Mission accomplished

Jesus was born for one specific reason, to take away the sin of the world (John 1:29). The Apostle Paul noted in his letter to the Ephesians that Jesus’ mission was launched before the foundation of the world (Ephesians 1:4). Paul tells us:

In love he predestined us for adoption to himself as sons through Jesus Christ, according to the purpose of his will, to the praise of his glorious grace, with which he has blessed us in the Beloved. In him we have redemption through his blood, the forgiveness of our trespasses, according to the riches of his grace, which he lavished upon us, in all wisdom and insight making known to us the mystery of his will, according to his purpose, which he set forth in Christ as a plan for the fullness of time, to unite all things in him, things in heaven and things on earth. (Ephesians 1:4-10)

God’s plan was launched in the Garden of Eden after Adam and Eve committed the first sin. Speaking to the serpent that had enticed Eve to rebel against him, God said, “Because you have done this, cursed are you above all livestock and above all beasts of the field; on your belly you shall go, and dust you shall eat all the days of your life. I will put enmity between you and the woman, and between your offspring and her offspring; he shall bruise your head, and you shall bruise his heel” (Genesis 3:14-15).

Jesus’ first encounter with Satan took place shortly after he was baptized and was identified as the Son of God (Matthew 3:17). Matthew’s gospel tells us, “Then Jesus was led up by the Spirit into the wilderness to be tempted by the devil. And after fasting forty days and forty nights, he was hungry. And the tempter came and said to him, ‘If you are the Son of God, command these stones to become loaves of bread'” (Matthew 4:1-3). The Greek word that is translated tempter, peirazo (pi-rad’-zo) is derived from the word peran (per’-an), which comes from the word peiro (to “pierce“); through, i.e. across:- across, away, beyond, other side (G4008). The idea that temptation is something that causes us to cross over or go to the other side was first introduced in the Old Testament and was associated with the term Hebrew or Eberite (H5680). Abraham was the first person to be referred to as a Hebrew (Genesis 14:13). Joseph was also identified as a Hebrew when he was a slave in Egypt (Genesis 39:14, 17; 41:12). The word that Hebrew is derived from, ‘abar (aw-bar’) which means “to cross over” is used figuratively to signify “going beyond, overstepping a covenant or a command of God or man. Moses uses the word when charging the people with disobeying and overstepping the Lord’s commands (Numbers 14:41; Joshua 7:11, 15).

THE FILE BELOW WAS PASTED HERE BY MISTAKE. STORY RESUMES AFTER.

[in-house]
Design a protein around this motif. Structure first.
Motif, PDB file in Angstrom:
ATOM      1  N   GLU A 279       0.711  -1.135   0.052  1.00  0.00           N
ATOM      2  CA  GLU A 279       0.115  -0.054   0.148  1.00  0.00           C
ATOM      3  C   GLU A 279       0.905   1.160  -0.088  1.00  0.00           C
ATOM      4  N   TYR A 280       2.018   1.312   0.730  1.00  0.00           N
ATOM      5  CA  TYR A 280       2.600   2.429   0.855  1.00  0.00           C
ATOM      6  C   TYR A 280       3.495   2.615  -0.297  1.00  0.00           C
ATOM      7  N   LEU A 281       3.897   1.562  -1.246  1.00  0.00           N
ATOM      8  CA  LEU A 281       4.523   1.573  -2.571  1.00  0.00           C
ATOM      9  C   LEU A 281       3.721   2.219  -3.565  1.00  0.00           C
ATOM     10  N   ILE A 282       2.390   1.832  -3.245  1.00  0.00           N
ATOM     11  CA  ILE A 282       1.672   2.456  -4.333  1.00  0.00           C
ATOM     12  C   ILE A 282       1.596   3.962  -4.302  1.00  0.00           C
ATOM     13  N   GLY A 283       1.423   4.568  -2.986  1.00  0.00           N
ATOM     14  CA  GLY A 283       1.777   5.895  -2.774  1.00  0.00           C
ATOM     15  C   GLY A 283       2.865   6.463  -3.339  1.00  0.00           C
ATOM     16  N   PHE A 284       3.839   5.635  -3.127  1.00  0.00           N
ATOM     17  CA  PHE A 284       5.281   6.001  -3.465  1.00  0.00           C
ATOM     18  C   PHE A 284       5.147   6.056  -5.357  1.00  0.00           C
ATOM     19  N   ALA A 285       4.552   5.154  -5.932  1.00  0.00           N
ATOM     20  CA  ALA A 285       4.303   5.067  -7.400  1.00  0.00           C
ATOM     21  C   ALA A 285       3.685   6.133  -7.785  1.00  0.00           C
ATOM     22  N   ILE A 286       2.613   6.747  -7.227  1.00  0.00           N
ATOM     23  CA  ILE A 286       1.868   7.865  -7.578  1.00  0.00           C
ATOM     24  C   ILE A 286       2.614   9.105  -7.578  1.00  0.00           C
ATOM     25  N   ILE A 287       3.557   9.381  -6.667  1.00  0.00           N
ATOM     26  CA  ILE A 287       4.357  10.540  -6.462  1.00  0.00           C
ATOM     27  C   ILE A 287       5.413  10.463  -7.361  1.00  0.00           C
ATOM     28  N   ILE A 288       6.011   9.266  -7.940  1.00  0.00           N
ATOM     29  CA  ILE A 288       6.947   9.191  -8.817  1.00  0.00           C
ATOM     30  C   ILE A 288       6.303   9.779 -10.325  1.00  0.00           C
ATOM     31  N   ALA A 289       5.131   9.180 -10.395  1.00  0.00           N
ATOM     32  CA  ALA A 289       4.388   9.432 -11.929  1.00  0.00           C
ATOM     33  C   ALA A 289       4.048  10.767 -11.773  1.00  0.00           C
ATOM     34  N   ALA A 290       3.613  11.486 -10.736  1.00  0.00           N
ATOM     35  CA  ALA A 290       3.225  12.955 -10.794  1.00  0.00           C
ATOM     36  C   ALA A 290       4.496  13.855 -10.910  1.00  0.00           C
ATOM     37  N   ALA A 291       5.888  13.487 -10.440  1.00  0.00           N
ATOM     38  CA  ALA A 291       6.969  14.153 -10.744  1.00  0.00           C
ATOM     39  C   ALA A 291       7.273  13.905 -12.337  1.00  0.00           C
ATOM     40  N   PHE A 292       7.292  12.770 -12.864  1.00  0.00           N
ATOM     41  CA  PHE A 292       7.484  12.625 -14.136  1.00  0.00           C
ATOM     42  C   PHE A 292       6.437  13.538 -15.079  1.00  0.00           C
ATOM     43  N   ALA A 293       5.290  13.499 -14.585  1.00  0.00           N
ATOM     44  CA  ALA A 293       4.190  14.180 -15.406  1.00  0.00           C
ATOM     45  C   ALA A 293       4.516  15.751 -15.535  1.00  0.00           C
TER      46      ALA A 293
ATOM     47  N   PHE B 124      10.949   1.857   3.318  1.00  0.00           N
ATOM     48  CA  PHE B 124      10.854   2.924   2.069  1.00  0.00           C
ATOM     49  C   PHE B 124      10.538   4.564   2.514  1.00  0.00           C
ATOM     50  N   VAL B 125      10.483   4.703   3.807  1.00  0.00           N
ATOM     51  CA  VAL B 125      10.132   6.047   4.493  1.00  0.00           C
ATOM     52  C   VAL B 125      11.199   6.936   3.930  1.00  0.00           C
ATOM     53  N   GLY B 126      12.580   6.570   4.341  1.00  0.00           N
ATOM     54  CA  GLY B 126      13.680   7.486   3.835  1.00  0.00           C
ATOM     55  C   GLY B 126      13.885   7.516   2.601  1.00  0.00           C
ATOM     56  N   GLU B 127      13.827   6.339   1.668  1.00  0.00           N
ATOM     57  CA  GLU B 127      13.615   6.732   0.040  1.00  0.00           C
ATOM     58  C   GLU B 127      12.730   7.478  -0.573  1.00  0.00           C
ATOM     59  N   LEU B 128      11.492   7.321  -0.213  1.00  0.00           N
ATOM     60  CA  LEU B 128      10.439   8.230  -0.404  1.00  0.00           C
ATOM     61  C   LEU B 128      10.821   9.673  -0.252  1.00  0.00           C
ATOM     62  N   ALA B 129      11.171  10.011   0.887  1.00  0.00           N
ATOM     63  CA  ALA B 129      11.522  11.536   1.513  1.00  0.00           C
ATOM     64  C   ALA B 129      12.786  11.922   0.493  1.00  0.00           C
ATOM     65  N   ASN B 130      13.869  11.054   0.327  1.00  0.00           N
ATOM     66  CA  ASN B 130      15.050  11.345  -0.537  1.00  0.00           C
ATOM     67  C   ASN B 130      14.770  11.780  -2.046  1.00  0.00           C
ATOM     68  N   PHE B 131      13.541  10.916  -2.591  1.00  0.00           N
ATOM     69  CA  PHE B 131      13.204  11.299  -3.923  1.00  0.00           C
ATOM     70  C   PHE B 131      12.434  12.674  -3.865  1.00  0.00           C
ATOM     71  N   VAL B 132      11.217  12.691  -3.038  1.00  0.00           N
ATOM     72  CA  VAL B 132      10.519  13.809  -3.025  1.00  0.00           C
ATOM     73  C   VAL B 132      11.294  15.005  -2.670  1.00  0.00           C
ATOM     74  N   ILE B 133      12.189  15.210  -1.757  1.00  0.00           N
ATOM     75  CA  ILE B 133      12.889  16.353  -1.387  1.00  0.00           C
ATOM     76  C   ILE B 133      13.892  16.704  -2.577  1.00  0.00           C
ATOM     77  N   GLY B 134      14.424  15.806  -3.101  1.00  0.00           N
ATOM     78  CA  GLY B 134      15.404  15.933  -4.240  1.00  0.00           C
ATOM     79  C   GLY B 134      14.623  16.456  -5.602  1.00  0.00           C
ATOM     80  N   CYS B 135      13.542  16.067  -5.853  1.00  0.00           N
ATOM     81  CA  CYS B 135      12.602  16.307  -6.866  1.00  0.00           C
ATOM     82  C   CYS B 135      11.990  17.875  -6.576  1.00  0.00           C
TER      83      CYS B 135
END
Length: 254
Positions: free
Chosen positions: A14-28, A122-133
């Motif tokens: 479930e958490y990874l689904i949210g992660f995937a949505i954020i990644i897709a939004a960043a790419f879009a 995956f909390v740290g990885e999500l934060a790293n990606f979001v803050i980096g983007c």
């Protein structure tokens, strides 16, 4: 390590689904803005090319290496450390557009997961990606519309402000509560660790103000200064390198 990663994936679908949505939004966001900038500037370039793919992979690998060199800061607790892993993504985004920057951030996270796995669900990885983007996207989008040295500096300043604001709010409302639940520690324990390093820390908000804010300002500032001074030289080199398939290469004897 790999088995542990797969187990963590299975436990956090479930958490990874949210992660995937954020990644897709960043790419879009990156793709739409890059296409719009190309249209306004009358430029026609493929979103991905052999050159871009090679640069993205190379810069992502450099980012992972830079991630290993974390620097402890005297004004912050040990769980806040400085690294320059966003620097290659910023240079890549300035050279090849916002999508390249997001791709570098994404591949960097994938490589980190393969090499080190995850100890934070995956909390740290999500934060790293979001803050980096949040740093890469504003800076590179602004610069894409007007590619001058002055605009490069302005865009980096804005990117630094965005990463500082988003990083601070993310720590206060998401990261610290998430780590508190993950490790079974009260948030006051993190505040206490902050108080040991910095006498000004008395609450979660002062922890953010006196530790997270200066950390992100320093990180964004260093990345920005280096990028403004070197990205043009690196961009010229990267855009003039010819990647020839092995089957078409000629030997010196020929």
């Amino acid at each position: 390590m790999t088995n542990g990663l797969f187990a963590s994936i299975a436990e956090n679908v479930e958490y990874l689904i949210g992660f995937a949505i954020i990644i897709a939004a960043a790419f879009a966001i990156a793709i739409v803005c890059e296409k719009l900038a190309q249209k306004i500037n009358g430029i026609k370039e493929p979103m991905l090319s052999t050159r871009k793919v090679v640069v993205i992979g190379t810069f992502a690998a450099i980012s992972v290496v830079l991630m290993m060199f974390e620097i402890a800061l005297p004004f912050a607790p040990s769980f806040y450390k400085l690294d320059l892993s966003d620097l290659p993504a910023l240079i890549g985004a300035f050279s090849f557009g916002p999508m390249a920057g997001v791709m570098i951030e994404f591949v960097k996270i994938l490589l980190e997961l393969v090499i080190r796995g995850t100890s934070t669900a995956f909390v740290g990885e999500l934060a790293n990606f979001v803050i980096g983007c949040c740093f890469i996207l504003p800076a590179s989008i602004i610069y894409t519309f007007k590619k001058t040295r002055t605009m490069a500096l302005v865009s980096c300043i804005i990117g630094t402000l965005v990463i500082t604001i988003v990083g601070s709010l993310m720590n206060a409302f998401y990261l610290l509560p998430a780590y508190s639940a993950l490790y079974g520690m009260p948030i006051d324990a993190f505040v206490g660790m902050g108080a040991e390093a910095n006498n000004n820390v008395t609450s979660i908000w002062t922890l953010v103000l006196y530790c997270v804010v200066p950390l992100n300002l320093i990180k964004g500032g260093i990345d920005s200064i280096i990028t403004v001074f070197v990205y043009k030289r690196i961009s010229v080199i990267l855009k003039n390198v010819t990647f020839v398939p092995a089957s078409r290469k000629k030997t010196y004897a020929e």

The Israelites’ journey through the wilderness included several transitions that required them to cross over or pass through territory that was forbidden to them. The Hebrew word ‘abar (H5674) appears ten times in Deuteronomy chapter two, Moses’ account of the wilderness years. Moses said:

“Then we turned and journeyed into the wilderness in the direction of the Red Sea, as the Lord told me. And for many days we traveled around Mount Seir. Then the Lord said to me, ‘You have been traveling around this mountain country long enough. Turn northward and command the people, “You are about to pass through (H5674) the territory of your brothers, the people of Esau, who live in Seir…So we went on (H5674), away from our brothers, the people of Esau, who live in Seir…So we went over (H5674) the brook Zered…until we crossed (H5674) the brook Zered…‘Today you are to cross (H5674) the border of Moab at Ar’…‘Rise up, set out on your journey and go over (H5674) the Valley of the Arnon.'” (Deuteronomy 2:1-24)

When the Israelites reached the border of the Promised Land, they were prevented from passing through (H5674) the land of Sihon the king of Heshbon (Deuteronomy 2:26-30) and so the LORD gave him and his land over to the Israelites and they defeated him and devoted all of his cities to destruction (Deuteronomy 2:33-34). Moses concluded his account with with the statement:

From Aroer, which is on the edge of the Valley of the Arnon, and from the city that is in the valley, as far as Gilead, there was not a city too high for us. The Lord our God gave all into our hands. Only to the land of the sons of Ammon you did not draw near, that is, to all the banks of the river Jabbok and the cities of the hill country, whatever the Lord our God had forbidden us. (Deuteronomy 2:36-37)